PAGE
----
A portrait of Jesus Christ that has been hanging in an Ohio public middle school since the 1940s is once again garnering national headlines. The school district reportedly moved the portrait earlier this week from the middle school to a local high school.
A lawsuit filed early this year against the school district by three anonymous students alleges that the portrait of Jesus was a gift to the school by a Christian student club and is therefore the school’s speech. Because it is religious in nature and there is no secular purpose for hanging the picture, the lawsuit argues that hanging it in the school violates the First Amendment’s prohibition against establishment of religion. In February, the school board voted to allow the picture to remain despite the lawsuit, saying that the portrait is not owned by the school but rather belongs to a Christian student club. The recent move of the portrait to a new school purportedly was a decision of the student club, not the school. The school suggested that removing the portrait would violate the First Amendment rights of the students in the Christian club. Which side is right?
There is not an easy answer, as is often the case with religious school speech questions. A first important consideration will be the context in which the portrait is hung. As the ACLU’s initial letter to the Ohio school district explained, courts are generally skeptical of religious displays, including religious works of art, that appear to be government sponsored unless there is a clear secular purpose behind the display. Examples of secular displays might include a display that includes art work from a number of different religions in an effort to teach students about the impact of religion on art or a display in which students are allowed to hang photographs of their choice and a student submits a religious photograph for the display. In contrast, courts have held particular works of art to violate the Establishment Clause where they are relatively isolated from other government-sponsored displays. The ACLU’s letter alleged that the Jesus portrait at issue here was not in a larger display of “world-renowned historical or religious figures,” and rather was hung in the middle school near portraits of alumni of the school. If those facts are true, and if the move to the high school did not remedy the problem, a court would be much more likely to find the portrait to be unconstitutional.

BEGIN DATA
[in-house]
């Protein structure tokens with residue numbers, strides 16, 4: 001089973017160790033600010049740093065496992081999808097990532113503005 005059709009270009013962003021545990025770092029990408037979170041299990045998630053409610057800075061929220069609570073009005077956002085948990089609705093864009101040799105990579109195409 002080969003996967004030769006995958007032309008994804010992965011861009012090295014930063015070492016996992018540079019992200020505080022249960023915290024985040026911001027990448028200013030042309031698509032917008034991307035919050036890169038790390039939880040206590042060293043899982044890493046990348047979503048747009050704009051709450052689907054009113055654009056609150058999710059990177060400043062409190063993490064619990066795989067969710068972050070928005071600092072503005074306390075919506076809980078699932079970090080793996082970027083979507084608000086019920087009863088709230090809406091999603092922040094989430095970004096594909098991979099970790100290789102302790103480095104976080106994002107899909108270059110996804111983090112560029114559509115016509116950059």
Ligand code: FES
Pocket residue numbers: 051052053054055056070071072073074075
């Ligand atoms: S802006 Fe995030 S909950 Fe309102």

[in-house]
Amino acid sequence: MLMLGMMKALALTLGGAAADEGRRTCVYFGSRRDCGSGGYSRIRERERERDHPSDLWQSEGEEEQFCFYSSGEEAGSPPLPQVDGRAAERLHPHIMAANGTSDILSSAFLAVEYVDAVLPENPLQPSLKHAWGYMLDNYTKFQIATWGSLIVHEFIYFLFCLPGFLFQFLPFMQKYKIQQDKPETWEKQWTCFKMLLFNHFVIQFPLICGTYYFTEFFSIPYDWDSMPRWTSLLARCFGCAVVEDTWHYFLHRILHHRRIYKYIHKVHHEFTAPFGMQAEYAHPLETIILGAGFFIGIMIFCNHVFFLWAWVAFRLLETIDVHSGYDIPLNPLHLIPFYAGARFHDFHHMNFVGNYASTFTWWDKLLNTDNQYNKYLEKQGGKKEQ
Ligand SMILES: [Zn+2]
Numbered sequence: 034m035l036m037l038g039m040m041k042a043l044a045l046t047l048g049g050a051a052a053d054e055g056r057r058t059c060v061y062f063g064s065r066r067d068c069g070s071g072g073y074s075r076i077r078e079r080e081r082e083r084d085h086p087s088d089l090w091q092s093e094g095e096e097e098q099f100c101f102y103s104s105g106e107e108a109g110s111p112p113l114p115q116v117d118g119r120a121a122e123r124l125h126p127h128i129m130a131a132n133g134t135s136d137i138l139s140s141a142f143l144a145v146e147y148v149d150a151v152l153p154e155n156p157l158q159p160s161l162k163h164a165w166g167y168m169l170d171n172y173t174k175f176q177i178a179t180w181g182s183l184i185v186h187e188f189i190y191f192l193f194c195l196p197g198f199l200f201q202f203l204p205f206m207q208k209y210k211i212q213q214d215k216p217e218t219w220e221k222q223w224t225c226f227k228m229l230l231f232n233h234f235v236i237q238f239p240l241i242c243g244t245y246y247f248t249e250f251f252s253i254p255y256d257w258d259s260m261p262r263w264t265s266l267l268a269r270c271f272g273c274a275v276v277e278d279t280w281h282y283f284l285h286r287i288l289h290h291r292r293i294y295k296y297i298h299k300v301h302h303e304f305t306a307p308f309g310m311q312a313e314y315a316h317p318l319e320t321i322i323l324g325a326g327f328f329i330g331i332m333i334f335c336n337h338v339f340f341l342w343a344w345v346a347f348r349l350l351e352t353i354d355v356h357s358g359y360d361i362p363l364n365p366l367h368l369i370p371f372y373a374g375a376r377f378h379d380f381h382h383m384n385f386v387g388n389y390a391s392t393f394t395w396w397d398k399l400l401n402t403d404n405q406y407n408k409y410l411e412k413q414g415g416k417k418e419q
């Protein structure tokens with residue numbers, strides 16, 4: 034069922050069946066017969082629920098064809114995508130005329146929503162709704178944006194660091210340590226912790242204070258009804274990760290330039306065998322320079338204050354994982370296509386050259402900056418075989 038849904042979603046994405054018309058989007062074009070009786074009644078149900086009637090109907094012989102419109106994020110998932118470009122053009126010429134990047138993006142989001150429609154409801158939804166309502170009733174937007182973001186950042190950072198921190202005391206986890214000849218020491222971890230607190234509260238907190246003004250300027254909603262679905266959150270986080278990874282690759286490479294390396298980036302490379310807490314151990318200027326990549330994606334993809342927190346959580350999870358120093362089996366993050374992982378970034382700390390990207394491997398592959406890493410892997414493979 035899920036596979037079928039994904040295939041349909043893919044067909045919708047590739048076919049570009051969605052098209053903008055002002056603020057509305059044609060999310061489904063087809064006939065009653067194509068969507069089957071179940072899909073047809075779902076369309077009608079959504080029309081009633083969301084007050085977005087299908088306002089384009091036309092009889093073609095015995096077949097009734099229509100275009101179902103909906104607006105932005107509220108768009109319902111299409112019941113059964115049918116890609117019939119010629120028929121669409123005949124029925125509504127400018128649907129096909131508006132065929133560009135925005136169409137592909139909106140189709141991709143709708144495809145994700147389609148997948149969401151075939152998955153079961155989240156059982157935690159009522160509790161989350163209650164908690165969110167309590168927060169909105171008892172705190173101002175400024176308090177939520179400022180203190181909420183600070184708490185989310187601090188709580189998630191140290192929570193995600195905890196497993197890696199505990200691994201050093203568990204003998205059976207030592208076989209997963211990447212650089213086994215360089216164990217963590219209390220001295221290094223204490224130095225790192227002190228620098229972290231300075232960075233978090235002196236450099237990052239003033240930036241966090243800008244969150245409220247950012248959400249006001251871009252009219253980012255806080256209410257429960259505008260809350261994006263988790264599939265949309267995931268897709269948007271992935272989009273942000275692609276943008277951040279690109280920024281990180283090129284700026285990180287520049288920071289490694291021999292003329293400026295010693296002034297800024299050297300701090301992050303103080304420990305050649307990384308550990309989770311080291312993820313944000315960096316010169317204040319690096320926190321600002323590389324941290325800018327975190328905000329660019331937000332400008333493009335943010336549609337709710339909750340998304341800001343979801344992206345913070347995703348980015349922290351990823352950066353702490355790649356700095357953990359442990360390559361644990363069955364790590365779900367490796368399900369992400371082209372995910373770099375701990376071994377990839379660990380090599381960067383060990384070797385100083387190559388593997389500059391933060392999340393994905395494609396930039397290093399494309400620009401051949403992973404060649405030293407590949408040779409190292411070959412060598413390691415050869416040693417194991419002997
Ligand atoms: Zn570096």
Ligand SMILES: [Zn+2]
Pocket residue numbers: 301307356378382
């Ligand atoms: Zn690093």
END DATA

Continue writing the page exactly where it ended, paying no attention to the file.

A second issue that will be considered is whether the portrait really was a gift by a student club to the school district or, as the school now maintains, the student club retained ownership and control over the portrait for the past 65 years. In a 1994 case from the Sixth Circuit—the highest appellate court with jurisdiction over Ohio as well as Michigan, Kentucky and Tennessee—the court held that a nearly identical portrait of Jesus that had been donated to the school was unconstitutional because it was neither part of a group of paintings nor used in conjunction with any class or educational program. Washegesic v. Bloomingdale Public Schools, 33 F.3d 679, 681 (6th Cir. 1994). Under that precedent, if the Jesus portrait at issue here truly has been under the control of the school for decades, the portrait may be unconstitutional. A more difficult question exists, however, if the portrait is seen to be the speech of the Christian club. If so, the court will likely consider whether the school district has truly opened up a forum for all organizations and clubs to hang similar works of art or materials relevant to their missions, or if the claim that such a forum exists is pretense for supporting just this specific Christian speech.
In light of the school district’s decisions to allow the portrait to remain and to move the portrait to another public school in the district, it seems likely that litigation on this issue will continue. The case is an important reminder to schools that care should be taken with respect to religious displays in schools. Although such displays are permissible, and may, depending on the context, even be required, schools should be confident that such displays do not constitute an unconstitutional establishment of religion before allowing them.